Who was the first flapper? – Vintage Flapper Dresses For Women

That’s a tricky question, given that the term “flapper” only appeared in the popular imagination in the late 1940s, two decades after New Jersey’s first flappers — and perhaps a decade before that, in a post-World War II advertising guide by the American Psychological Association.

“It was the term [for] females who wore heels and danced around for the pleasure of men,” Haney-Brown said, “which was the most popular form of leisure entertainment in the late 1940s. It started in the U.K., but was popular in the U.S. pretty much right away — just as dance halls were popping up all over.”

The word “flaxen” was also part of this popular dance craze. “It’s a word from the 19th century that was used in the 1840s to describe someone who looked like a woman but wasn’t female,” Haney-Brown said.

But the word “flapper” had a darker history. It stemmed from the Spanish term for someone whose clothes were too revealing to be considered “girlish.” That’s a far cry from “flapper.”

“In the 1920s, flappers were people who wore dresses that revealed a lot of their body, whether it be their chest or their midriff,” Haney-Brown said. “So they were usually women who would wear a long dress or a veil over their gown. They would sometimes sport a gold chain around the waist and a very elaborate gold necklace that they’d wear in that particular dress.”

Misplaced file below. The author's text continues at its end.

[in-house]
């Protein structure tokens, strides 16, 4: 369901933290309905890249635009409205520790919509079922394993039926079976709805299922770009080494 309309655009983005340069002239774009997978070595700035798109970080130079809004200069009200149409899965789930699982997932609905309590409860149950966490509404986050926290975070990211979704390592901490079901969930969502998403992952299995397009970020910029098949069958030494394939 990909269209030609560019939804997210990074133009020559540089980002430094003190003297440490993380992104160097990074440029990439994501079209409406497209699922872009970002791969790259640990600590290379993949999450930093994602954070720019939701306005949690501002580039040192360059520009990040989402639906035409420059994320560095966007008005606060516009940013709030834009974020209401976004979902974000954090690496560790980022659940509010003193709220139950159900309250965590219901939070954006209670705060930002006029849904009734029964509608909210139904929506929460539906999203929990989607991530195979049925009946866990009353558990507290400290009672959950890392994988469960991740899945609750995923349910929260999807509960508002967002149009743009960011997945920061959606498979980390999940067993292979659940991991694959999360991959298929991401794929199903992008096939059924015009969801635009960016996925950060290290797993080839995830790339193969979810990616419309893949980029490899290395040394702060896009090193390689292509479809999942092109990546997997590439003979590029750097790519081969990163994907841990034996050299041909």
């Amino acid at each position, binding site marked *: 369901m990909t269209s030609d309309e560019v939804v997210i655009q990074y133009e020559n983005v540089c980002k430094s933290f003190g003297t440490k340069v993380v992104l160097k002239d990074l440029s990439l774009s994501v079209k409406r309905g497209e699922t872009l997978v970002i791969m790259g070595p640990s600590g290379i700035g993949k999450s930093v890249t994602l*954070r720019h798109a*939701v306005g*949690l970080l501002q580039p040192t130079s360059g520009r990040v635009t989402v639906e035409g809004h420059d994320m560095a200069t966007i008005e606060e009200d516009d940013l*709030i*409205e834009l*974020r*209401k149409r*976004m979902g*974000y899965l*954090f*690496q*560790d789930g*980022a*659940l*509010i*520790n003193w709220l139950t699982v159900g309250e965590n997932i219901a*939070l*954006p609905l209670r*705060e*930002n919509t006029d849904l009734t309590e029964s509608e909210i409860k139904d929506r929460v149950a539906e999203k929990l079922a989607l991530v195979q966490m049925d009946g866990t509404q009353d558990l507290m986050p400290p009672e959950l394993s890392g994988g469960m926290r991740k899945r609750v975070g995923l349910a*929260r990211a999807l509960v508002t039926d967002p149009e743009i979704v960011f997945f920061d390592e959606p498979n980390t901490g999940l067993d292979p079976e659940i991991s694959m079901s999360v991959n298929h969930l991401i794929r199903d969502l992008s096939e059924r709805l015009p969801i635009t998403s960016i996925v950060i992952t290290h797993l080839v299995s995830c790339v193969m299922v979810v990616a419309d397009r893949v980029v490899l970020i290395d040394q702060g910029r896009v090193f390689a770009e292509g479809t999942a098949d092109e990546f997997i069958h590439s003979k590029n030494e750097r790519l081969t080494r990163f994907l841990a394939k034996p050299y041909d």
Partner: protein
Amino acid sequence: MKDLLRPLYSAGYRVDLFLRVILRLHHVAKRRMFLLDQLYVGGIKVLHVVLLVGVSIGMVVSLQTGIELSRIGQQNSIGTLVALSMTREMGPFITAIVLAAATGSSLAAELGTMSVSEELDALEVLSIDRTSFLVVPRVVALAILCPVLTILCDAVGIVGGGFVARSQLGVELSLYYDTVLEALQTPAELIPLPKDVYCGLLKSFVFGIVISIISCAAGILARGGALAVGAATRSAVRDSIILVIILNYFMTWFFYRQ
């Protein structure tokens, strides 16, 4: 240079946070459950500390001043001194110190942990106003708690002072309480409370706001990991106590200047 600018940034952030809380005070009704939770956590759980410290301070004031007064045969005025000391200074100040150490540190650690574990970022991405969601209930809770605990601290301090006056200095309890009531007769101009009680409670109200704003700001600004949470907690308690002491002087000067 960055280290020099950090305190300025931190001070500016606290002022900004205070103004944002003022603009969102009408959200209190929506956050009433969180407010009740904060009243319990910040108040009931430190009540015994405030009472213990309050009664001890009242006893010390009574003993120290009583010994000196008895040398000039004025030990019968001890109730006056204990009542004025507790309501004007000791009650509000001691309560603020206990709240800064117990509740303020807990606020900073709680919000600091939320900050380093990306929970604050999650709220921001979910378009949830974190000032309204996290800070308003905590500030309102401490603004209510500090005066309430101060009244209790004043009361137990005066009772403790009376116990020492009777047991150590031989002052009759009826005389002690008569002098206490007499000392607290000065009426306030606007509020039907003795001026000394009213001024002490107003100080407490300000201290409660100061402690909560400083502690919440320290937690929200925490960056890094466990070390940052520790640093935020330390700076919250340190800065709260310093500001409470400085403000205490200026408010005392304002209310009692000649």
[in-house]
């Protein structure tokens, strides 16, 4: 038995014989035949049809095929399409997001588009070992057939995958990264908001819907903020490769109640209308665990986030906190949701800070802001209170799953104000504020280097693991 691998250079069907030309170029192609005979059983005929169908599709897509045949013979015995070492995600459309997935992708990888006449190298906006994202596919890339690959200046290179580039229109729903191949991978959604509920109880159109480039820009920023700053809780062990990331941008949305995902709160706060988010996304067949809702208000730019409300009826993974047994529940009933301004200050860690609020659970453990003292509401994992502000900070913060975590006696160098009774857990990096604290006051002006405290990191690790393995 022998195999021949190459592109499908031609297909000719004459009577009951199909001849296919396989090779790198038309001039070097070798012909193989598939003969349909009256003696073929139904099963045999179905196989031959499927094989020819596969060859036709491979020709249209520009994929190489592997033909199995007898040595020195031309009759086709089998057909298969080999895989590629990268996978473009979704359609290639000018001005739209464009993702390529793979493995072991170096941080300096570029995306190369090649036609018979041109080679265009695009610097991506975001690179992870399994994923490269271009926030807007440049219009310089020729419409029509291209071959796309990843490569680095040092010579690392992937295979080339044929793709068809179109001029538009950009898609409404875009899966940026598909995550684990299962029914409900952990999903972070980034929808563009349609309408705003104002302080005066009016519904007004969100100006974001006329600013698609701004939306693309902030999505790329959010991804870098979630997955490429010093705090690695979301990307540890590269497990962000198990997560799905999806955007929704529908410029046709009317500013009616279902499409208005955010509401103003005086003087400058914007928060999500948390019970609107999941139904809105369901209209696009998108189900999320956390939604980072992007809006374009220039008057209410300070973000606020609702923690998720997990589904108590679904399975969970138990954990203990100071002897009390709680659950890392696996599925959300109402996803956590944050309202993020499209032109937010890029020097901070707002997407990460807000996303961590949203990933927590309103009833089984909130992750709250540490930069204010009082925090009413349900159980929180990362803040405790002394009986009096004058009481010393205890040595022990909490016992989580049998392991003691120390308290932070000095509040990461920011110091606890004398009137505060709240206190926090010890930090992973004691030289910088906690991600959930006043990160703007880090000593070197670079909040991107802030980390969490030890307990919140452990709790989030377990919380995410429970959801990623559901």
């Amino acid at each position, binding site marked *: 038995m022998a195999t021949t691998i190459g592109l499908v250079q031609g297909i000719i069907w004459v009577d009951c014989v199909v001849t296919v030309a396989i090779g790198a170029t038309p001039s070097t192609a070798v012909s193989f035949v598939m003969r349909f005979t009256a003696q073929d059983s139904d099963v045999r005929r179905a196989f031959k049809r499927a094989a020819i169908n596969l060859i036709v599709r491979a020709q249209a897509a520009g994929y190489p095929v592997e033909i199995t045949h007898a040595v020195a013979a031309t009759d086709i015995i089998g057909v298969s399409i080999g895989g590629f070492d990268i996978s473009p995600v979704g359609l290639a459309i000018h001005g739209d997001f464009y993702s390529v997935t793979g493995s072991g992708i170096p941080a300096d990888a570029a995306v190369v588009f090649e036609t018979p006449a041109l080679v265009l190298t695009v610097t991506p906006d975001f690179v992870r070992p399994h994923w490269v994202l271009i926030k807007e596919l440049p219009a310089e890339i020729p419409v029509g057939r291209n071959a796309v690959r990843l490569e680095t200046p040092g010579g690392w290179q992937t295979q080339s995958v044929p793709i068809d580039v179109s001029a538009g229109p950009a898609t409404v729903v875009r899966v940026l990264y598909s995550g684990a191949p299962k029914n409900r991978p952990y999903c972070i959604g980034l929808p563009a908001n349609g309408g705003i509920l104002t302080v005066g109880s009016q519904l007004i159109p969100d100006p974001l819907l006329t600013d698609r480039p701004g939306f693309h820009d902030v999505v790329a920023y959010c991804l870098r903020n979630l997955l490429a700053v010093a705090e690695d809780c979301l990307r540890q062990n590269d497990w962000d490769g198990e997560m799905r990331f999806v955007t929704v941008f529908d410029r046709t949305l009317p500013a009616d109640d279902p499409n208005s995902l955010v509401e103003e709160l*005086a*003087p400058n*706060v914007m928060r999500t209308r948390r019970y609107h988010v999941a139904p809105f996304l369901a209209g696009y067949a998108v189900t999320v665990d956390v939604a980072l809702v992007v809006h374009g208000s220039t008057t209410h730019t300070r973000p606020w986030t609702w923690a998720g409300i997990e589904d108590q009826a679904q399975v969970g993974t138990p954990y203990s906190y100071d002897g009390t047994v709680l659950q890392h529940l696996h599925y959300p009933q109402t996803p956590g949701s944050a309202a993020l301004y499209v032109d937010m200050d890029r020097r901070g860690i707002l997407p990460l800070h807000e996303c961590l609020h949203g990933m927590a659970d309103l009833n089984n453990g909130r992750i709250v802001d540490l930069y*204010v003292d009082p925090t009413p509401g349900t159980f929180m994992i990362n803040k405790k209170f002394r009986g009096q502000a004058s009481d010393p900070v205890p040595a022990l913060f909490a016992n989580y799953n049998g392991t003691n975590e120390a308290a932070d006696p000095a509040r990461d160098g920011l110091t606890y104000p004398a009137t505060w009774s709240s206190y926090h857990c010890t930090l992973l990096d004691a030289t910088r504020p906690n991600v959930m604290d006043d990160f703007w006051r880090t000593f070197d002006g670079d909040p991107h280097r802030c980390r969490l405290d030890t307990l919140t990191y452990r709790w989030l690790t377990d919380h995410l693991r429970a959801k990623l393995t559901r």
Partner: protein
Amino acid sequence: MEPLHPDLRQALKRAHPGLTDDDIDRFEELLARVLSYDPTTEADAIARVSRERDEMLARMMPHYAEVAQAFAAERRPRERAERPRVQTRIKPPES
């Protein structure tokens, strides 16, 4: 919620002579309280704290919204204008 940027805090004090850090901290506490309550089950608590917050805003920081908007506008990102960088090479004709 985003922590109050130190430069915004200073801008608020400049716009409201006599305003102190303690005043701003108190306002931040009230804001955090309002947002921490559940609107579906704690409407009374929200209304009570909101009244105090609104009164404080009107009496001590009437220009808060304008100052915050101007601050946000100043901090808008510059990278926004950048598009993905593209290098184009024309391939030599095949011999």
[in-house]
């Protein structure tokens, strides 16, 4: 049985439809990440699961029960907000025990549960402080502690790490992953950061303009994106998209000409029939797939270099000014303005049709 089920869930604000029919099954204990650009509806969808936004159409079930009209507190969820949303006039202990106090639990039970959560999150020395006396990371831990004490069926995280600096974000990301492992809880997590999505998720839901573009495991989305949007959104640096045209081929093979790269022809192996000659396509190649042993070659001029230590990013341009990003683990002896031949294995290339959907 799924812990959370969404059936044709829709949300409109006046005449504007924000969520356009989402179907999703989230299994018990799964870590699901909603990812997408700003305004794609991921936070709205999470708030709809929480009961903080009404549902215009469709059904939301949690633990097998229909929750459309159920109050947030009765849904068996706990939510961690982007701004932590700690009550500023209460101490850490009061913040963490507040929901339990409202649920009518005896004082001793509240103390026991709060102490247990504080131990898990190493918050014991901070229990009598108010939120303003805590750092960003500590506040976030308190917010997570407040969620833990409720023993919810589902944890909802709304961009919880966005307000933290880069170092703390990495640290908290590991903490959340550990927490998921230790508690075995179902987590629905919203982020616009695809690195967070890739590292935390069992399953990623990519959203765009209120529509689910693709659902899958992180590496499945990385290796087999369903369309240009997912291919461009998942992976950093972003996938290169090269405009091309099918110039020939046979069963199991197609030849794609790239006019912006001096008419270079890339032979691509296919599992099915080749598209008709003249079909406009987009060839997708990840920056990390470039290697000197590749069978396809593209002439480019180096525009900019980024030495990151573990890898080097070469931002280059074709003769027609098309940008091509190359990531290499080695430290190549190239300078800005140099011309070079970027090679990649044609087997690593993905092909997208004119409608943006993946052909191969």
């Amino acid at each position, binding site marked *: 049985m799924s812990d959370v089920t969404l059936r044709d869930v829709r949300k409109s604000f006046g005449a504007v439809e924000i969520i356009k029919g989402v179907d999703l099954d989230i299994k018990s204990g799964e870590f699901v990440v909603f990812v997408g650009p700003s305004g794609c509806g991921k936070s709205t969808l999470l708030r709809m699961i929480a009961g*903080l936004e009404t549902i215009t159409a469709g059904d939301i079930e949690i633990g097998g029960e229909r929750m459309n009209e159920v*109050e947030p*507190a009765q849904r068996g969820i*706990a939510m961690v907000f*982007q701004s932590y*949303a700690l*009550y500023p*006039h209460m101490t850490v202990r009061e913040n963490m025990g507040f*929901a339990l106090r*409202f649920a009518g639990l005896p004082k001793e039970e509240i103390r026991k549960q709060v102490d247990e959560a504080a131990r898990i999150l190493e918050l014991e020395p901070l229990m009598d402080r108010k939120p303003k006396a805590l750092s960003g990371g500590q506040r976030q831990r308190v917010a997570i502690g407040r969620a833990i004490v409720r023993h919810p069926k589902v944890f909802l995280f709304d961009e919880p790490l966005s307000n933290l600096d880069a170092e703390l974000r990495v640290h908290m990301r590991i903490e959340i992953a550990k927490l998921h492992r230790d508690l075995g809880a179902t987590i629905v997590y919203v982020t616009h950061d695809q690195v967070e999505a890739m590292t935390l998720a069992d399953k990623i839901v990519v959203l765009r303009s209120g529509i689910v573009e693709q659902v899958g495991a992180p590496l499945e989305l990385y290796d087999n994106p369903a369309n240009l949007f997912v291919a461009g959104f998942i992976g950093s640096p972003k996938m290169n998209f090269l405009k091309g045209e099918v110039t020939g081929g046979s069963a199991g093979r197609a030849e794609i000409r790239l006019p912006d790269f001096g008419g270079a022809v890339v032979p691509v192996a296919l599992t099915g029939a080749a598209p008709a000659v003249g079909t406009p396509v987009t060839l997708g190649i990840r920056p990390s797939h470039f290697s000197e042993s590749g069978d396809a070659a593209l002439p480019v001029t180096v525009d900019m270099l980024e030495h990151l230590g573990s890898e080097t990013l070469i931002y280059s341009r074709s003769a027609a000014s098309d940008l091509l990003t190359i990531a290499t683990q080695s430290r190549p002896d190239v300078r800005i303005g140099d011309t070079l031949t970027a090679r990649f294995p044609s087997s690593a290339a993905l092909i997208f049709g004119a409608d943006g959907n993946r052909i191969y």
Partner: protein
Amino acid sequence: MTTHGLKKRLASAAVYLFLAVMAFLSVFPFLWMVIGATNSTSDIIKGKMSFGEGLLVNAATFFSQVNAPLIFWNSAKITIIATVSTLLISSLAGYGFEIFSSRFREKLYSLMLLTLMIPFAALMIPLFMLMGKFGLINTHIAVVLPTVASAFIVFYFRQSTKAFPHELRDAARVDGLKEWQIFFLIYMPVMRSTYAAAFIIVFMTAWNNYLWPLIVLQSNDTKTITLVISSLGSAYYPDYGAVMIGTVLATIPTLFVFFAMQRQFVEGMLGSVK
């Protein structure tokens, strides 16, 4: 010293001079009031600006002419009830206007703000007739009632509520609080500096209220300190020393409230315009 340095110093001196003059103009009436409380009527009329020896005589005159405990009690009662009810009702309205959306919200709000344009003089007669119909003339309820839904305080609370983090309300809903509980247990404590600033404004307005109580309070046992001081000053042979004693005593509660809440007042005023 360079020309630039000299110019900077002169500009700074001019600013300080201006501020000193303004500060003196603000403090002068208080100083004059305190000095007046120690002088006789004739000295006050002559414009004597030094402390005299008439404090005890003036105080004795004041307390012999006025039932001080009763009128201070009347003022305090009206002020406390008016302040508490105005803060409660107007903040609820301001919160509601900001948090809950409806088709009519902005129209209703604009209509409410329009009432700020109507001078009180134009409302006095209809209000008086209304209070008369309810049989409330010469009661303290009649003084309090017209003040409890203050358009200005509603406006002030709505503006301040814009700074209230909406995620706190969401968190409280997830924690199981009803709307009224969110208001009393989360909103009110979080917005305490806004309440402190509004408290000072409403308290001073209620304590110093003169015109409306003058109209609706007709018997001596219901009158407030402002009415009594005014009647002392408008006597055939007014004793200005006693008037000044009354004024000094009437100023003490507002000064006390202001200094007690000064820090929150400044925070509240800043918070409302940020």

“But they also were called flappers,” she added. “They had a lot of fans. They were very, very different from the more traditional kind of ‘girly’ type dress that other people wore.”

The word “flapper” also became associated with the style’s new wave of girls in the 1950s. Flappers, they said, were often “very feminine, very flirty, and very much like their male counterparts.” It was a movement that seemed to catch on — especially through the 1960s in the U.K. and the U.S. — until women began protesting the term.
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“By the 1960s — and this definitely comes out of the 1940s and ’50s — the people who were using the term [and] the people who were making movies, television shows and songs about a female-dominated world were also all calling themselves ‘flappers,'” Haney-Brown

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